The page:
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The Salt Lake Tribune
On the day Chris Hill rode off into the sunset in a Utah-themed bus, the Utes also settled on his successor.
Utah has hired University of South Florida athletic director Mark Harlan to replace Hill, who after 31 years at the helm, officially retired Friday morning as athletic director at Utah.
"After an extensive national search during which we spoke with a number of outstanding candidates, Mark emerged as our clear top choice," Utah president Ruth V. Watkins in a statement. "Mark has a breadth of experience in athletics and in fundraising, an open and collaborative leadership style and a track record of success that will enable him to lead our athletics department to greater heights. On behalf of the university community, I want to welcome Mark and his family to the U."
Harlan, who grew up in Los Angeles, arrived at South Florida in 2014 after serving as a senior associate athletic director at UCLA, where he worked for four years. During Harlan's time at USF, the Bulls athletic department won 12 conference titles. It was announced just six weeks ago that Harlan signed a new three-year contract extension at USF, which would have kept him as the AD through at least 2020-21.
But the chance to move to Utah and back to the Pac-12 was just too compelling.
"I am humbled to follow in the footsteps of Chris Hill and to build on the strong foundation already in place," said Harlan. "President Watkins has a clear vision for the University of Utah and recognizes that athletics can play a role in the university's upward trajectory. I am grateful to her for the tremendous opportunity and her confidence in me and I cannot wait to get started."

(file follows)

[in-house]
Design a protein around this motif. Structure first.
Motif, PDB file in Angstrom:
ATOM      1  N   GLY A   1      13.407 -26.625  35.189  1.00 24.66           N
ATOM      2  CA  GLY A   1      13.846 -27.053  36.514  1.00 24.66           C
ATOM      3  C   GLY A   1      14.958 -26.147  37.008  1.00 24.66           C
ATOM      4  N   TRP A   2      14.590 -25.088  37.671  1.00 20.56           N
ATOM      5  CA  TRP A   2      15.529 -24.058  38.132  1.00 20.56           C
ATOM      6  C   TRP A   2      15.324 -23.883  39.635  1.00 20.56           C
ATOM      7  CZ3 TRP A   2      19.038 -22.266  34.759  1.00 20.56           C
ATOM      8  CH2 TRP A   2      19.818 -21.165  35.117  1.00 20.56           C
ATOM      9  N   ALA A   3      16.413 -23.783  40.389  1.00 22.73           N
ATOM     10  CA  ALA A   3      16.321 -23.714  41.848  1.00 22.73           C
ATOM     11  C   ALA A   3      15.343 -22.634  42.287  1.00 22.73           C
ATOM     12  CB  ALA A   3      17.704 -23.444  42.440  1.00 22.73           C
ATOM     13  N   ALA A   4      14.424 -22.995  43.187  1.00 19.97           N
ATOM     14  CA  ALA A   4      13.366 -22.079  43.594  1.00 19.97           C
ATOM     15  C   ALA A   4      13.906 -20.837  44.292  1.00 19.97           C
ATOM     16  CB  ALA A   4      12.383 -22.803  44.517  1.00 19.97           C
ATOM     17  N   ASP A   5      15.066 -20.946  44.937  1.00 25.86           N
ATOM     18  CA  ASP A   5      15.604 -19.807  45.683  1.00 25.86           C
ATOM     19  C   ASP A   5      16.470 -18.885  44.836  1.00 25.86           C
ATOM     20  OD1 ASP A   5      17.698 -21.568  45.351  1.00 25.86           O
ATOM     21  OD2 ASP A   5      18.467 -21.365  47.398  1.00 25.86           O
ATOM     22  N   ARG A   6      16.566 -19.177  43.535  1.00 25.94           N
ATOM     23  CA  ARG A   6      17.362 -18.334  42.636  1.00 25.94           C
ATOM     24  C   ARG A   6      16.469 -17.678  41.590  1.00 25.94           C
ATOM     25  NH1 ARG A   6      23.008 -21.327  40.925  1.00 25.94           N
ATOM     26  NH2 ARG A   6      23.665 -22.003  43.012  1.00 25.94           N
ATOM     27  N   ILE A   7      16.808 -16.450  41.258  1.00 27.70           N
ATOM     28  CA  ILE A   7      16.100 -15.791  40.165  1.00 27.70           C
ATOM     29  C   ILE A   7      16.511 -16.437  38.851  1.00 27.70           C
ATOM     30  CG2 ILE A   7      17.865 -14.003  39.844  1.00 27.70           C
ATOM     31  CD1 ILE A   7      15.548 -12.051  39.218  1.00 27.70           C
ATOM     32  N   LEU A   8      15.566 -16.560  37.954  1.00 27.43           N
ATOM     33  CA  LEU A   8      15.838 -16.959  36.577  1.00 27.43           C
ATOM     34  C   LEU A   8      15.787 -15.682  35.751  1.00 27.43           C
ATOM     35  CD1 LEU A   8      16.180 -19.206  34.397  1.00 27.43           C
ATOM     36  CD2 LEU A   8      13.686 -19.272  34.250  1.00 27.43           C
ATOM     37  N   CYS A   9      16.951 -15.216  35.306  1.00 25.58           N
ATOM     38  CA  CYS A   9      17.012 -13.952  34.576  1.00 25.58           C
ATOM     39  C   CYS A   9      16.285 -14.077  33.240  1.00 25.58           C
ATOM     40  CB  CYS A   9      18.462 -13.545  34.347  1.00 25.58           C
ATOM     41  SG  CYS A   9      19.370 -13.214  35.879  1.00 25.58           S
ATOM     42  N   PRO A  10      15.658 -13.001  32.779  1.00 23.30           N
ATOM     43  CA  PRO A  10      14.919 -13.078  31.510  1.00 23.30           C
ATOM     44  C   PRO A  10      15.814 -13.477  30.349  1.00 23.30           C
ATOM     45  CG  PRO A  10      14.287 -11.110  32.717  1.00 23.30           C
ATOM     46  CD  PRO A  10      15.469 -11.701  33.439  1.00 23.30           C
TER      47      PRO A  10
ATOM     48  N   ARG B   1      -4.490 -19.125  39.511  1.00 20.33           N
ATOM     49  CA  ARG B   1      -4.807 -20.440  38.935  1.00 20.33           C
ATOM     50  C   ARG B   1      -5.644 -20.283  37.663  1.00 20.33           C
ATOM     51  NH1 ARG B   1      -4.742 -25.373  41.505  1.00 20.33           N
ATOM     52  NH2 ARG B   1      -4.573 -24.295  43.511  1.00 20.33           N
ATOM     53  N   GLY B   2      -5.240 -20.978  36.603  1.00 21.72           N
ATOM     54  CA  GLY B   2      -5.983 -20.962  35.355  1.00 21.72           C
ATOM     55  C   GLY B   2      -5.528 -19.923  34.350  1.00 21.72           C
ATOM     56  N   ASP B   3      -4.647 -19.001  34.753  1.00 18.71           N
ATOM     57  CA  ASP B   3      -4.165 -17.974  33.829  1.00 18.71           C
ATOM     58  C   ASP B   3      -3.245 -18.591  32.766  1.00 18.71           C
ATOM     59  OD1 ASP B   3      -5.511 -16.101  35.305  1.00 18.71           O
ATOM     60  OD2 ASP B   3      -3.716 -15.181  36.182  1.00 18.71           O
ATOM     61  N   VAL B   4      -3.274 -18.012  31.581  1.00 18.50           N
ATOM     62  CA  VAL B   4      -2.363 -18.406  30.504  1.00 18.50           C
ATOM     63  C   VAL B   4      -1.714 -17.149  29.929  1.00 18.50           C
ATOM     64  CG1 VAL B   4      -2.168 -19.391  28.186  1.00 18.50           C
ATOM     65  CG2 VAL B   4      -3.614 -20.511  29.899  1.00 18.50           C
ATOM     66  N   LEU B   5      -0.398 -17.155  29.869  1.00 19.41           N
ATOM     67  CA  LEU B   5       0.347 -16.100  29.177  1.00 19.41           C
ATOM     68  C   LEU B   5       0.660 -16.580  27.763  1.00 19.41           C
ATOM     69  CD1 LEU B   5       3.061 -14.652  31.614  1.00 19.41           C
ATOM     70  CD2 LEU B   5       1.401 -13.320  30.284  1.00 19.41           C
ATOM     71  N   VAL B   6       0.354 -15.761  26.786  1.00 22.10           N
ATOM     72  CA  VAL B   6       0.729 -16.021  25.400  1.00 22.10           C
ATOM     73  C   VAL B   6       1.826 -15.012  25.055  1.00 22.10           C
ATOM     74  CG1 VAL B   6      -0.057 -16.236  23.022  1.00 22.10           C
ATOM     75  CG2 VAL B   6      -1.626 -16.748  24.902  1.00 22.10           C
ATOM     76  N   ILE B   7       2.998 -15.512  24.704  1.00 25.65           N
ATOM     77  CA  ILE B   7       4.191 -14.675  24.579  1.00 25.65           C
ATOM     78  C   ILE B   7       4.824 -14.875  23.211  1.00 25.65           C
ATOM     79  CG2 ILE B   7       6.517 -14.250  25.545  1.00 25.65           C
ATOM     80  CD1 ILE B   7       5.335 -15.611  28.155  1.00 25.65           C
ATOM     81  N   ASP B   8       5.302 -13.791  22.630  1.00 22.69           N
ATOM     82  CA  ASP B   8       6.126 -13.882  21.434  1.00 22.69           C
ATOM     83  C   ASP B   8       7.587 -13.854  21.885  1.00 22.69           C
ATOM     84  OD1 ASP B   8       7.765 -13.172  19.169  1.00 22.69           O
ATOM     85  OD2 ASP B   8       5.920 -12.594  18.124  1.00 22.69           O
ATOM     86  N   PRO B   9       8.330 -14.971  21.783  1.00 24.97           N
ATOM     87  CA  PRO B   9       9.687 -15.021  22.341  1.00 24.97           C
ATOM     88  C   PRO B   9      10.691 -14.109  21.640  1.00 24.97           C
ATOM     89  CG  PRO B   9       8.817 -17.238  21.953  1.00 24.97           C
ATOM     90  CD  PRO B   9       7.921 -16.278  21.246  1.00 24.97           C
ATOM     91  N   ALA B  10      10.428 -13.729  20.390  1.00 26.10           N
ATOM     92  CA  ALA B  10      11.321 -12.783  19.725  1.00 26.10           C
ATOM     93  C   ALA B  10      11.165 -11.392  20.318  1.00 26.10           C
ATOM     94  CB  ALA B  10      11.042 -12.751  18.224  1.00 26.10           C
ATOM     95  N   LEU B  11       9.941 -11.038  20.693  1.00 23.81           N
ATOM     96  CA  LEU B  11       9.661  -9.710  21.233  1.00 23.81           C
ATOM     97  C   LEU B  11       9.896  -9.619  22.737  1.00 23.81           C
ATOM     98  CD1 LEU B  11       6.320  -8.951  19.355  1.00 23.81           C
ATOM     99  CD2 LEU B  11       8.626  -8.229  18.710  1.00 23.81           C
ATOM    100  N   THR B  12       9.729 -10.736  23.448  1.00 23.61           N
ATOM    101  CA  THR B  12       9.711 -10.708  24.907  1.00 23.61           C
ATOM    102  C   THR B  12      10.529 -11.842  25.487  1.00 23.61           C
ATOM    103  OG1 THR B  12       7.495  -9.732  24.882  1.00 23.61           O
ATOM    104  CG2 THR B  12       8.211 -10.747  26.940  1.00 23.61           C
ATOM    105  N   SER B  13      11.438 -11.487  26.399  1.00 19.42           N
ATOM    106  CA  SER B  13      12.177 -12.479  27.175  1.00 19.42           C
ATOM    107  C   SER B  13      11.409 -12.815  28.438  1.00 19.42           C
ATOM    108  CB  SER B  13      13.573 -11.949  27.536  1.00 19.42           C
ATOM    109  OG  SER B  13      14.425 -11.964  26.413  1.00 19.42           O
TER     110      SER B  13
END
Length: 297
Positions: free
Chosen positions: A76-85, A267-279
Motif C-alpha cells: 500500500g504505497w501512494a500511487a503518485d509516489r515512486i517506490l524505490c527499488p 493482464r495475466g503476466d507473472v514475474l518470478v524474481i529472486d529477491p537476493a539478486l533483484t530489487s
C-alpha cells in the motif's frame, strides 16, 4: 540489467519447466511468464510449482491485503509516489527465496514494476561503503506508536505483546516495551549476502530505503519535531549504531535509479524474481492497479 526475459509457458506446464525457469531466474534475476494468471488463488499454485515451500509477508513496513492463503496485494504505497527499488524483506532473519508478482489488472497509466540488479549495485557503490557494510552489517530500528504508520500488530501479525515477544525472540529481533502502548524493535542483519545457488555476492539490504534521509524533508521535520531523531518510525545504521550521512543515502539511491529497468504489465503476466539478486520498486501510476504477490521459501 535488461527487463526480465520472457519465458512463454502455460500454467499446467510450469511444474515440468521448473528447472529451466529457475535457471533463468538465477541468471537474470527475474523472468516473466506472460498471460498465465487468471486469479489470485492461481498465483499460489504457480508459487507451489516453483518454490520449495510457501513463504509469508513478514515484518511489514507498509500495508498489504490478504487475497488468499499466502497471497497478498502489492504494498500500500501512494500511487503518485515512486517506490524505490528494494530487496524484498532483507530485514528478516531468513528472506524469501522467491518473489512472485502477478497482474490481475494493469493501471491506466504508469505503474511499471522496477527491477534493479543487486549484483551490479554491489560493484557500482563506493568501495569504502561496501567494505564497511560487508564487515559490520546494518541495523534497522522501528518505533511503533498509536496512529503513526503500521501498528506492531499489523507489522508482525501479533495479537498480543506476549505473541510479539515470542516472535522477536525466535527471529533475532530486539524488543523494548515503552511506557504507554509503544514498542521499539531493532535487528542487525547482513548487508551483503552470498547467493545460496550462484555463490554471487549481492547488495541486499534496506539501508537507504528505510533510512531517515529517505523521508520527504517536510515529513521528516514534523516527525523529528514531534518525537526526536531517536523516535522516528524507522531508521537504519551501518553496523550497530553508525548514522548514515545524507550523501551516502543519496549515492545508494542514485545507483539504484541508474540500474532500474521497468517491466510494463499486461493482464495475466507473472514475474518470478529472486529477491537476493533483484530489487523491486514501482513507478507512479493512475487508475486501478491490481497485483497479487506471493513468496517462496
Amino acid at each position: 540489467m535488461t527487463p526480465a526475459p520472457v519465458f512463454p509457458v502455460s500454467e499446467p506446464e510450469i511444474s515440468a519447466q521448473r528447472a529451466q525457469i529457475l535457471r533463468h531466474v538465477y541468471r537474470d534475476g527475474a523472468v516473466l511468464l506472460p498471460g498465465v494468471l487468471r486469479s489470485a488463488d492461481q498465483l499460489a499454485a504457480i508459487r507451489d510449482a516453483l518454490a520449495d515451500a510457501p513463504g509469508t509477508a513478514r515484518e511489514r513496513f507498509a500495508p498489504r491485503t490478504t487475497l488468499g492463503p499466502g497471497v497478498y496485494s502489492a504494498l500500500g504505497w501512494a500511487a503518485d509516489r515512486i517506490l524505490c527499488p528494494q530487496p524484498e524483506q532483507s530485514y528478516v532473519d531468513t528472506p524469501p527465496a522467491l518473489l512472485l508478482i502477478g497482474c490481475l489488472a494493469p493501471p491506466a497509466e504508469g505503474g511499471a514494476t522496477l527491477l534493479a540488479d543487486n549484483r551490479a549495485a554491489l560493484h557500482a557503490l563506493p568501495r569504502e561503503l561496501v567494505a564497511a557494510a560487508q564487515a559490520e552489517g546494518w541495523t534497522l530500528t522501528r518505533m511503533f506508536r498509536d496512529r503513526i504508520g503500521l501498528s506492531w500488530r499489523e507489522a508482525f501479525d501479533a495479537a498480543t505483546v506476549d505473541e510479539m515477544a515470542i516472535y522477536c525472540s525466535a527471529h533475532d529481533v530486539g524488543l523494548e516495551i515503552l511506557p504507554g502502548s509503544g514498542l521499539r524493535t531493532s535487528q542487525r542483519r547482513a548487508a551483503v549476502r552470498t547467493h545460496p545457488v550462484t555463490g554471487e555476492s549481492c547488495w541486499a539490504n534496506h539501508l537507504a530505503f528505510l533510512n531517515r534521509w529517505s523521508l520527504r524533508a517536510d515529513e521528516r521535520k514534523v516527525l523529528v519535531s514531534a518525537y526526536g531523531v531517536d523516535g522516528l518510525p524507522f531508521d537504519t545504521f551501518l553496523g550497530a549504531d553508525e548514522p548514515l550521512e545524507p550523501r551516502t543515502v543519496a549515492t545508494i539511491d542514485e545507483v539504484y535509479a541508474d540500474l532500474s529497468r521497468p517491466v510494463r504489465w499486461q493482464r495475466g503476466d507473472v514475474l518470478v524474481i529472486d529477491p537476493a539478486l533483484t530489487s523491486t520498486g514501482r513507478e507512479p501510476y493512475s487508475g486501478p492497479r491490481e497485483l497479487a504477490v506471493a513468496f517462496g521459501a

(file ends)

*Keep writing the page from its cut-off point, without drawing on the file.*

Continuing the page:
The University of Arizona graduate has a stellar record in fundraising. USF opened a $750,000 student-athlete center last fall and recently the university had announced plans for a $40 million football center. USF athletics had its highest-ever annual fundraising total every in 2016-17, according to his USF bio, which eclipsed the previous high by 300 percent.
While at UCLA, Harlan oversaw the men's basketball program, athletic department development communications, marketing, ticket sales, sponsorships as well as multimedia rights. Harlan also helped raise $125 million while with the Bruins in annual fund and campaign gifts. He also helped steer the completion of a $137 million campaign to renovate famed Pauley Pavilion in 2012 and had a voice in negotiating with the city of Pasadena for an eventual $200 million renovation of the iconic Rose Bowl stadium.
"I'm extremely pleased to welcome Mark Harlan back to the Pac-12," said Harlan's former boss, UCLA AD Dan Guerrero. "Having worked with Mark for a number of years when he oversaw external affairs at UCLA, I know firsthand what an excellent hire this is for Utah. Mark is a great communicator, and a person and an administrator of high integrity. He and his family will be a tremendous addition to the Utah community. I look forward to working with him in the conference."
Hill told The Tribune in the weeks before he left that he was close to raising the $20 million of the necessary $25 million in expansion for Rice-Eccles Stadium. Harlan's stellar history as a fundraiser might've played a role in him getting the job, while many considered Utah associate athletic director and Hill protege Kyle Brennan, the frontrunner for the position.
Before stints at USF and UCLA, Harlan worked at his alma mater in Tucson at the Arizona and also served as an associate athletic director at both San Jose State University and the University of Northern Colorado.
Harlan in December 2016 hired former Texas football coach Charlie Strong, who guided the Bulls to a 10-2 record in 2017. The Bulls have gone 29-9 the last three seasons.
According to a Tampa Bay Times report, Harlan will owe USF $262,500 - an amount equal to half of his new base salary from an extension he signed in late April - as part of a contract stipulation if he resigned prior to July 1, 2020.
Harlan's annual salary at USF was $525,000. He received a $25,000 raise as part of the extension, which ran through the end of the 2020-21 academic year.
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